Driving is a serious responsibility that demands and deserves your full attention. Driver distractions may occur anytime, anywhere. A distraction is anything that takes your attention away from driving, such as:
- A billboard
- The passengers in your car
- Choosing a CD or tape.
A highway patrol study found that the leading factors causing distracted driving accidents are:
- Cell phone use
- Attending to children
Reminder: Driving safely is always more important than using or answering your cell phone. While it’s hard to imagine life without a cell phone, you increase the risk of having an accident by 400 percent every time you use your cell phone when driving. Your focus on driving is diverted when you enter a number or get involved in a conversation. Doing other tasks while talking on the cell phone, such as note-taking or searching for something, increases your risk of having an accident. If you are on the freeway, take the next exit and park in a safe location before you use your cell phone.
Children Reminder: Be sure your children are properly and safely buckled up, and give them distractions—books, games, or other items—to occupy their time. Avoid arguments and other disturbing conversations while driving. Pets can be unpredictable. Properly secure them in a pet carrier or portable kennel before moving your vehicle.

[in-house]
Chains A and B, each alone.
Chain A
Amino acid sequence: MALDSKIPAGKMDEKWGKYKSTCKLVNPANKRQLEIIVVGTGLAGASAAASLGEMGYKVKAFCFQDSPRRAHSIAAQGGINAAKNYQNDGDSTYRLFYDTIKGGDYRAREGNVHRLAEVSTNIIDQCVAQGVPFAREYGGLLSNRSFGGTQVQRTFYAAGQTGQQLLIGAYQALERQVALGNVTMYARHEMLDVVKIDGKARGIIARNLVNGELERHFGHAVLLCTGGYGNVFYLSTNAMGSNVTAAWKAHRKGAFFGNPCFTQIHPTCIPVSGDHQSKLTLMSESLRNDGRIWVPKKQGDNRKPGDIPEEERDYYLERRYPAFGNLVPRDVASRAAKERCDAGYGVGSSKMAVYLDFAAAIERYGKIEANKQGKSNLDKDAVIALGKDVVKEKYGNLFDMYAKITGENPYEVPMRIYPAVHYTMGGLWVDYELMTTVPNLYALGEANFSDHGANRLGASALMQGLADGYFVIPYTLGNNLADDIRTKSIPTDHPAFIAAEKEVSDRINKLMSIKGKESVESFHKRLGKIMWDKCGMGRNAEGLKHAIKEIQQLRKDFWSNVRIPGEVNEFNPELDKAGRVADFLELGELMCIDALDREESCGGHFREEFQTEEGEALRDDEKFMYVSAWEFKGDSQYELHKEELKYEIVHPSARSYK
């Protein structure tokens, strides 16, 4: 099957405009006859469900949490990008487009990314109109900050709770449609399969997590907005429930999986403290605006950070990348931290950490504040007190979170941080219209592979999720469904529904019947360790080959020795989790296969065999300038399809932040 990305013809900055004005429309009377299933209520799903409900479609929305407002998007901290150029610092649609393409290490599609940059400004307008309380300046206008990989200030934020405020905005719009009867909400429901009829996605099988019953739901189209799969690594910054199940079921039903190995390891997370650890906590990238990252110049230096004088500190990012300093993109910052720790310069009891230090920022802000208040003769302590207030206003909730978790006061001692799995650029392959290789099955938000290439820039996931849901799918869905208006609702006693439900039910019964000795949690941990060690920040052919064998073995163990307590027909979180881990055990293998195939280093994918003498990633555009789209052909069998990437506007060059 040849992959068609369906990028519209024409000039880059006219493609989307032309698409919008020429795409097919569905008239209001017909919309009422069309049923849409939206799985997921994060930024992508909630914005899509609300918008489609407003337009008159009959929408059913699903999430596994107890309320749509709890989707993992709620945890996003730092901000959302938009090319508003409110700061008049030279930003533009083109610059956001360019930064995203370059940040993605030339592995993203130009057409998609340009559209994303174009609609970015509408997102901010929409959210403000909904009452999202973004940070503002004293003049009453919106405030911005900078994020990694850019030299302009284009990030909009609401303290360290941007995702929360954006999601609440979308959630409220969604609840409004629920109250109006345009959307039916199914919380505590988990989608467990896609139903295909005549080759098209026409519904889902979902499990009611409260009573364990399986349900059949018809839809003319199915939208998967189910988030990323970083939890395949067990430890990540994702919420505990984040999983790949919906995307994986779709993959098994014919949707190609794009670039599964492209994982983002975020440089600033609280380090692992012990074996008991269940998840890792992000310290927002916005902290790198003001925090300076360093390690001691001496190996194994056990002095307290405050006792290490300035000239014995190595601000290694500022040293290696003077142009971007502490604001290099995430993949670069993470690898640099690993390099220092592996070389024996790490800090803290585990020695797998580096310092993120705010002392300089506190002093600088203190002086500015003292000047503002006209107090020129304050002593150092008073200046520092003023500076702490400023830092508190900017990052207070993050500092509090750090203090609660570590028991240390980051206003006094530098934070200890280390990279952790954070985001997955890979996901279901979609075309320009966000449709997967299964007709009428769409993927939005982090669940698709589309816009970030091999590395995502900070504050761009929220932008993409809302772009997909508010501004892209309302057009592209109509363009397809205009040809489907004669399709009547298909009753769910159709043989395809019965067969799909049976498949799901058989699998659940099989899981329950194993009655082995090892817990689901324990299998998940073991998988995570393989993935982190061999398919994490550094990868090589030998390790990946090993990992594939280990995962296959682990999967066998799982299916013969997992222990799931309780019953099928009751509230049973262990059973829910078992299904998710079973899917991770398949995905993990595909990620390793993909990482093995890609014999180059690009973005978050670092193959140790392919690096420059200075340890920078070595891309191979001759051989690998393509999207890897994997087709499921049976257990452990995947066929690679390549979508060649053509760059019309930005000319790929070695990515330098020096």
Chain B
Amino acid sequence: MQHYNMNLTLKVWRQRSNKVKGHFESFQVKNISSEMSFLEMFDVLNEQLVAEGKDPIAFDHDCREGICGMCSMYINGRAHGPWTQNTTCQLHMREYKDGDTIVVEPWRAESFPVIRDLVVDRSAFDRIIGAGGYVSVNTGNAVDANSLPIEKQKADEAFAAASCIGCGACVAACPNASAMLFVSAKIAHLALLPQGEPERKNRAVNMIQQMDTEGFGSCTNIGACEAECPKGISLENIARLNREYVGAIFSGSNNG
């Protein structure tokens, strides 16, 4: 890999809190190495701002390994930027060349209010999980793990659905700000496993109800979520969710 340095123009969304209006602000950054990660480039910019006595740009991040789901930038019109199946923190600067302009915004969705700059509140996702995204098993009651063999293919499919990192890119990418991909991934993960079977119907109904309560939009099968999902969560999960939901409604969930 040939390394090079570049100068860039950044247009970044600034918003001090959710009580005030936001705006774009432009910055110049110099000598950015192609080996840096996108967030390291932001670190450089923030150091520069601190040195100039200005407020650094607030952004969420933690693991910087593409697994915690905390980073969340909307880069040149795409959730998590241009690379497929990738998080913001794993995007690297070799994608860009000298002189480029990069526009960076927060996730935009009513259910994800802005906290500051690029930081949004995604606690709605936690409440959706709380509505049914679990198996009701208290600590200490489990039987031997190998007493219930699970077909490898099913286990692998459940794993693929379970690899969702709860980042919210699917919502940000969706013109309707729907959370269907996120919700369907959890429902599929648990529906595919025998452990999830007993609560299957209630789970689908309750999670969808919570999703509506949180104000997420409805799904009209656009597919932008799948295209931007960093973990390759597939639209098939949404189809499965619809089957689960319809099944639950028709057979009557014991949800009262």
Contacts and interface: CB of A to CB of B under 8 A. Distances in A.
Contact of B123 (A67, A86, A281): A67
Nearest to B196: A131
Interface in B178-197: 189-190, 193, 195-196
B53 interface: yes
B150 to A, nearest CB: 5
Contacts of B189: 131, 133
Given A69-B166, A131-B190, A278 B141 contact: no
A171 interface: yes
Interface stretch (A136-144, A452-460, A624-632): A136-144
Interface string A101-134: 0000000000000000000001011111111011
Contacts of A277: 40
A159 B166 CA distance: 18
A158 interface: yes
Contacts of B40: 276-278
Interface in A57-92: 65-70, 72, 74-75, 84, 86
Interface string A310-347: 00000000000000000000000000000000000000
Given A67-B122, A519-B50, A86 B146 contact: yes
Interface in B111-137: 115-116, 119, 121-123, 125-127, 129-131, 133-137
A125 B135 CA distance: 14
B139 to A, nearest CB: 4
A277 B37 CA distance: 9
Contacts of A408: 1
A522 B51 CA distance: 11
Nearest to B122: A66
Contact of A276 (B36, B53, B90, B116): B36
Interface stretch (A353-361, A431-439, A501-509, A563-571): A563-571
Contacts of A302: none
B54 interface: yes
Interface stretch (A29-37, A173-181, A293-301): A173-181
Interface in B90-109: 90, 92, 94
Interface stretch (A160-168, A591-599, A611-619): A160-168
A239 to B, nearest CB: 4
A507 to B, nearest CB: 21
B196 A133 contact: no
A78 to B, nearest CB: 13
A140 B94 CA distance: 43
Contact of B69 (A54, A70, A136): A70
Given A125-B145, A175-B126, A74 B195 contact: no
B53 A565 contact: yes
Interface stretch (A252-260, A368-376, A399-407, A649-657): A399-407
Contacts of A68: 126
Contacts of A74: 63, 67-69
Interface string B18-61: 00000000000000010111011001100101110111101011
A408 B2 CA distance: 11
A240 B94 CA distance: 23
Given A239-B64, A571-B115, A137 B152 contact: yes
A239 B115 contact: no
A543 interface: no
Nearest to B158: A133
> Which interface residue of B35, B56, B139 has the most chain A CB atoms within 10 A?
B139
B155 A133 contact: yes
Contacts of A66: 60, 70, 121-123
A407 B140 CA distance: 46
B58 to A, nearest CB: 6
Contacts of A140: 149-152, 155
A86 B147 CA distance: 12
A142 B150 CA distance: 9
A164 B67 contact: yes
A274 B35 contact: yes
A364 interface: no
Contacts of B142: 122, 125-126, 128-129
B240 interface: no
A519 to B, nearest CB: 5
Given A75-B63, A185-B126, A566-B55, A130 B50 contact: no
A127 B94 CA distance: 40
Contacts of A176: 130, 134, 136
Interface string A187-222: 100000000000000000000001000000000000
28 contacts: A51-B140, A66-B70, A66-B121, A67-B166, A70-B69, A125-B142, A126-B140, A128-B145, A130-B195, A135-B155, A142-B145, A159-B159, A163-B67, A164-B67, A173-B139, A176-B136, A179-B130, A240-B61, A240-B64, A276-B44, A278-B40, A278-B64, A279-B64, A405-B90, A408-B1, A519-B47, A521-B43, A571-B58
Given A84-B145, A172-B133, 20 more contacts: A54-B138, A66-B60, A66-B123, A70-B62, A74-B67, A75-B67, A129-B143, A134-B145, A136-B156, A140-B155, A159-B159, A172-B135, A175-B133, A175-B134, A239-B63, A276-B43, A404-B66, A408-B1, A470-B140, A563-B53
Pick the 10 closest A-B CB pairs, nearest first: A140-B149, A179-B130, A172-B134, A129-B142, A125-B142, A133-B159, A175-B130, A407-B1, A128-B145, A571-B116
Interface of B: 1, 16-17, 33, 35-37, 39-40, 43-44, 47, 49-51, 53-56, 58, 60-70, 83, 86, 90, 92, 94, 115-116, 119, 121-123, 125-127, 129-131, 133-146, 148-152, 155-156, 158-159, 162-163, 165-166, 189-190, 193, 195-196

Eating Reminder: Eating while driving is not only messy, but dangerous. It usually involves driving with one hand and juggling your food or beverage with the other. Leave a little early to allow yourself time to stop for a bite to eat. Pull over to a safe location and enjoy your meal.
The urge to get a good look at an accident, a vehicle pulled over by law enforcement, construction work, a billboard advertisement, a scenic view, or to look for an address—is just human nature. The best advice: Don’t look! Those things are never more important than focusing on your driving. Diverting your concentration from driving can be deadly.
Among the most commonly recognized distractions are:
- Adjusting non-essential controls (such as radio)
- Objects, incidents or people outside the vehicle
- Illness, grief, stress or an argument – be aware of these
- Leaning to retrieve a dropped object, or looking for documents
- Reading, or looking at a map
- Young drivers, specifically, the distractions created by having young passengers;
- Cell phones – hand-held, or hands-free
Do not allow these distractions to get the best of you. Keeping a clear head and being focused on your driving habits and the habits of others will make you a better driver. Remember these few words. Stay focused. Pay attention. Expect the unexpected.
Follow these simple tips to help you stay safe:
- Follow the safety tips located in the brochure.
- Properly buckle up everyone.
- Be well-rested.
- Do not tailgate.
- Allow sufficient time to reach your destination.
- Ensure your vehicle is properly maintained.